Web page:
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Synaptic augmentation

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Augmentation is one of four components of short-term synaptic plasticity that increases the probability of releasing synaptic vesicles during and after repetitive stimulation such that

A(t) = [{\rm Transmitter Release}(t)/ {\rm Transmitter Release} (0)] - 1,

when all the other components of enhancement and depression are zero, where A is augmentation at time t and 0 refers to the baseline response to a single stimulus. The increase in the number of synaptic vesicles that release their transmitter leads to enhancement of the post synaptic response. Augmentation can be differentiated from the other components of enhancement by its kinetics of decay and by pharmacology. Augmentation selectively decays with a time constant of about 7 seconds and its magnitude is enhanced in the presence of barium. All four components are thought to be associated with or triggered by increases in internal calcium ions that build up and decay during repetitive stimulation.

During a train of impulses the enhancement of synaptic strength due to the underlying component A^* that gives rise to augmentation can be described by

\frac{d A^*}{d t} = J(t)a^* - k_{A^*}A^*

where J(t) is the unit impulse function at the time of stimulation, a^* is the incremental increase in A^* with each impulse, and k_{A^*} is the rate constant for the loss of A^*. During a stimulus train the magnitude of augmentation added by each impulse, a*, can increase during the train such that

a^* = a^*_0 Z^{S T}

where a^*_0 is the increment added by the first impulse of the train, Z is a constant that determines the increase in a^* with each impulse, S is the stimulation rate, and T is the duration of stimulation.

Augmentation is differentiated from the three other components of enhancement by its time constant of decay. This is shown in Table 1 where the first and second components of facilitation, F1 and F2, decay with time constants of about 50 and 300 ms, and potentiation, P, decays with a time constant than ranges from tens of seconds to minutes depending on the duration of stimulation. Also included in the table are two components of depression D1 and D2, along with their associated decay time constants of recovery decay back to normal. Depression at some synapses may arise from depletion of synaptic vesicles available for release. Depression of synaptic vesicle release may mask augmentation because of overlapping time courses. Also included in the table is the fraction change in transmitter release arising from one impulse. A magnitude of 0.8 would increase transmitter release 80%.

decay constant magnitude/impulse
F1 50 ms 0.8
F2 300 ms 0.12
A 7 s 0.01
P 20 s to minutes 0.01
D1 5 to 6 s -0.15
D2 minutes -0.001

The magnitude of augmentation added by each impulse can increase during the train. The time constant of P can increase with repetitive stimulation.

The balance between various components of enhancement and depression at the mammalian synapse is affected by temperature so that maintenance of the components of enhancement is greatly reduced at temperatures lower than physiological. During repetitive stimulation at 23 °C components of depression dominate synaptic release, whereas at 33–38 °C synaptic strength increases due to a shift towards components of enhancement.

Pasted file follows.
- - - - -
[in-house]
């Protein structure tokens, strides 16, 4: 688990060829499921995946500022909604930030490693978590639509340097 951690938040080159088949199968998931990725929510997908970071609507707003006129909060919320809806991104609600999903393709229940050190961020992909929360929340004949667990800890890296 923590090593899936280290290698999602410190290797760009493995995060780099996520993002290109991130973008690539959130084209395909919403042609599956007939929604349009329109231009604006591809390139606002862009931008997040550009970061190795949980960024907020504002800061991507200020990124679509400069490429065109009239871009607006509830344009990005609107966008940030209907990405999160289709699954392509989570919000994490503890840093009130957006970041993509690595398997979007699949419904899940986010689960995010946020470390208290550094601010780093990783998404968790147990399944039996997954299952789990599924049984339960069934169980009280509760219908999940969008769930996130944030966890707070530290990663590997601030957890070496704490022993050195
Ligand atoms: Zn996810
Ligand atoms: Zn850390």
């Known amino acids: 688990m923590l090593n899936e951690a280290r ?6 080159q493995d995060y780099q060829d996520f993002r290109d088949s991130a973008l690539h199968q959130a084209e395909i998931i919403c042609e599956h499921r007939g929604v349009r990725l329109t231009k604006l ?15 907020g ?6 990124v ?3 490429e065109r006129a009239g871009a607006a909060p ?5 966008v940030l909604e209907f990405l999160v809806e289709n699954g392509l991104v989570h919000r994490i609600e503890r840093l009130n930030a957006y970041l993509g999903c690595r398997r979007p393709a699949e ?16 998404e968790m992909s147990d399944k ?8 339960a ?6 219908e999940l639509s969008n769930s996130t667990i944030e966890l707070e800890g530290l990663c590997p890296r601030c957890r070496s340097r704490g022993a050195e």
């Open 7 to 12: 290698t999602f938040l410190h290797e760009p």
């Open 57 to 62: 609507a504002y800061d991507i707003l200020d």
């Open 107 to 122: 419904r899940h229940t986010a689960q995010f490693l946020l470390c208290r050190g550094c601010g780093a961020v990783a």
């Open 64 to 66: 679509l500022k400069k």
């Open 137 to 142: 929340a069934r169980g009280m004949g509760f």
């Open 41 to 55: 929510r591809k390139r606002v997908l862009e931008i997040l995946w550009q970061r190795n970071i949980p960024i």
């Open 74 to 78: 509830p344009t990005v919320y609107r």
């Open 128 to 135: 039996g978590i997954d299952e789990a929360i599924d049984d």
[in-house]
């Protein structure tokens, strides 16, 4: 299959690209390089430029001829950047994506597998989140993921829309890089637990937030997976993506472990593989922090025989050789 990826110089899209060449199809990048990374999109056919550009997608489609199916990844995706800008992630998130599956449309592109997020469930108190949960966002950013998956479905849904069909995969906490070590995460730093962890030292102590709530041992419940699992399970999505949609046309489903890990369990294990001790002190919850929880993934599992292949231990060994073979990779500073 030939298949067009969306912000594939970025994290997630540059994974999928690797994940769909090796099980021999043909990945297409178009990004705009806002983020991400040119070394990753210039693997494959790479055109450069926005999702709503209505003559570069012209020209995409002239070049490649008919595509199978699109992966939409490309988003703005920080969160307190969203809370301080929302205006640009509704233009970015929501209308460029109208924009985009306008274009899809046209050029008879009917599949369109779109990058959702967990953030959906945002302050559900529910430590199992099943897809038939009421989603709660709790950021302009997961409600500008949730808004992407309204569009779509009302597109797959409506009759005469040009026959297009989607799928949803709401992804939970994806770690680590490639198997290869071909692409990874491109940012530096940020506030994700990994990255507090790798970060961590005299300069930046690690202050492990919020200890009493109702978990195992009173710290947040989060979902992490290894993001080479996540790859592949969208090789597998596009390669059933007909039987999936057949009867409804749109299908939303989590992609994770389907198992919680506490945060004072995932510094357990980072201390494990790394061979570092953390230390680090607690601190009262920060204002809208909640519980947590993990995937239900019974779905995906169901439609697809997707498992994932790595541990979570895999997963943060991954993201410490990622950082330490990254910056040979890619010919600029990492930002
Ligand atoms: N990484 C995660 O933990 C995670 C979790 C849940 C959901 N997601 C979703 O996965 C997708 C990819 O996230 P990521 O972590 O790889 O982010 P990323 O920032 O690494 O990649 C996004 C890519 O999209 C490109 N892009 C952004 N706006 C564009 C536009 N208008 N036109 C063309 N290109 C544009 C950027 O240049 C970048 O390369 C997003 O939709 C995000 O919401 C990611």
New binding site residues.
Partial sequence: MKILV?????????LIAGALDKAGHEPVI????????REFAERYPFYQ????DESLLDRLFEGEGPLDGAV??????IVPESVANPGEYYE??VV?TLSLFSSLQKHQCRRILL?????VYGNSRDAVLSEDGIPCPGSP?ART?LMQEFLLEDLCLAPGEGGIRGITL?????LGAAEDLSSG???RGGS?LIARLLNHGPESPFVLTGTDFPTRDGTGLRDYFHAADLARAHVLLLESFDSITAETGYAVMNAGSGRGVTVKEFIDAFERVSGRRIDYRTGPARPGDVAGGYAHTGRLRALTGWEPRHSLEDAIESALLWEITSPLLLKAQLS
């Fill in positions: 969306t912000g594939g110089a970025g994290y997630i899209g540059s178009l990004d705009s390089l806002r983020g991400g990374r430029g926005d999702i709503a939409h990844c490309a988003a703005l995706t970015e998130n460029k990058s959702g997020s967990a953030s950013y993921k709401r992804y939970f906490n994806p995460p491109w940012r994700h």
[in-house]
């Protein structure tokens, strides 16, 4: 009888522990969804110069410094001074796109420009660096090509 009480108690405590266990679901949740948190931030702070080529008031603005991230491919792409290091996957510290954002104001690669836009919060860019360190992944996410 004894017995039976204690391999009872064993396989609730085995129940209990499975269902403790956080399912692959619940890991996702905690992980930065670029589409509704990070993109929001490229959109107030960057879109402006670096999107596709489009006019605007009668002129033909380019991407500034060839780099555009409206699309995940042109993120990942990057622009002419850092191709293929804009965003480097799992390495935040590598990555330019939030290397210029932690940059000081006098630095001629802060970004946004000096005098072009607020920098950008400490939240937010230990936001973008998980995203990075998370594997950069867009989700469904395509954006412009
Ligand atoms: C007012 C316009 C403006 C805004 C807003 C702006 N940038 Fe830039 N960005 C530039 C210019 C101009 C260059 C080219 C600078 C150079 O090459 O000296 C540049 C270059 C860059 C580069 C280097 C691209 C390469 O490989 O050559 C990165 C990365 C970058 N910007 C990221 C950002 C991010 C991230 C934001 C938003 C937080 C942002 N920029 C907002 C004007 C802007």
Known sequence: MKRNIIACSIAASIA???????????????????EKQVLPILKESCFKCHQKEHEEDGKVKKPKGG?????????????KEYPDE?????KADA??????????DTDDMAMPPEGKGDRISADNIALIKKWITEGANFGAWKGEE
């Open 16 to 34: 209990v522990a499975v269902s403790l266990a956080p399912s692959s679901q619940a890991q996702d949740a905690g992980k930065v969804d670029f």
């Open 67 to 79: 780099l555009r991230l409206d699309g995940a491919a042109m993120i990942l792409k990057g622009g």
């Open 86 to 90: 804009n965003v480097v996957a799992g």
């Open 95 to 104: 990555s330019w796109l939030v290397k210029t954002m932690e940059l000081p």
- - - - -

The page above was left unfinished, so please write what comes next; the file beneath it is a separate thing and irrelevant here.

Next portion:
See alsoEdit


  • Klyachko V.A. and Stevens C.F. (2006) Temperature-dependent shift of balance among the components of short-term plasticity in hippocampal synapses. J. Neurosci. 26, 6945-6957.
  • Magleby K.L. and Zengel J.E. (1976a) Augmentation: A process that acts to increase transmitter release at the frog neuromuscular junction. J. Physiol (Lond.) 257, 449-470.
  • Magleby KL and Zengel J.E. (1976b) Long term changes in augmentation, potentiation, and depression of transmitter release as a function of repeated synaptic activity at the frog neuromuscular junction. J. Physiol. (Lond.) 257, 471-494.
  • Magleby KL and Zengel J.E. (1976c) Stimulation-induced factors which affect augmentation and potentiation of transmitter release at the neuromuscular junction. J. Physiol. (Lond.) 260, 687-717.
  • Magleby K.L. and Zengel J.E. (1982) A quantitative description of stimulation-induced changes in transmitter release at the frog neuromuscular junction. J. Gen. Physiol. 80, 613-638.
  • Stevens C.F. and Wesseling J.F. (1999a) Augmentation is a potentiation of the exocytotic process. Neuron 22, 139-146.
  • Wesseling J.F. and Lo D.C. (2002) Limit on the role of activity in controlling the release-ready supply of synaptic vesicles. J. Neurosci. 22, 9708-9720.
  • Zengel J.E. and Magleby K.L. (1977) Transmitter release during repetitive stimulation: selective changes produced by Sr2+ and Ba2+. Science 197, 67-69.
  • Zengel J.E. and Magleby K.L. (1981) Changes in miniature endplate potential frequency during repetitive nerve stimulation in the presence of Ca2+, Ba2+, and Sr2+ at the frog neuromuscular junction. J. Gen. Physiol. 77, 503-529.
  • Zengel J.E. and Magleby K.L. (1982) Augmentation and facilitation of transmitter release. A quantitative description at the frog neuromuscular junction. J. Gen. Physiol. 80, 583-611.
  • Zengel J.E., Magleby K.L., Horn J.P., McAfee D.A., and Yarowsky P.J. (1980) Facilitation, augmentation, and potentiation of synaptic transmission at the superior cervical ganglion of the rabbit. J. Gen. Physiol. 76, 213-231.
  • Zucker R.S. and Regehr W.G. (2002) Short-term synaptic plasticity. Annu. Rev. Physiol. 64, 355-405.
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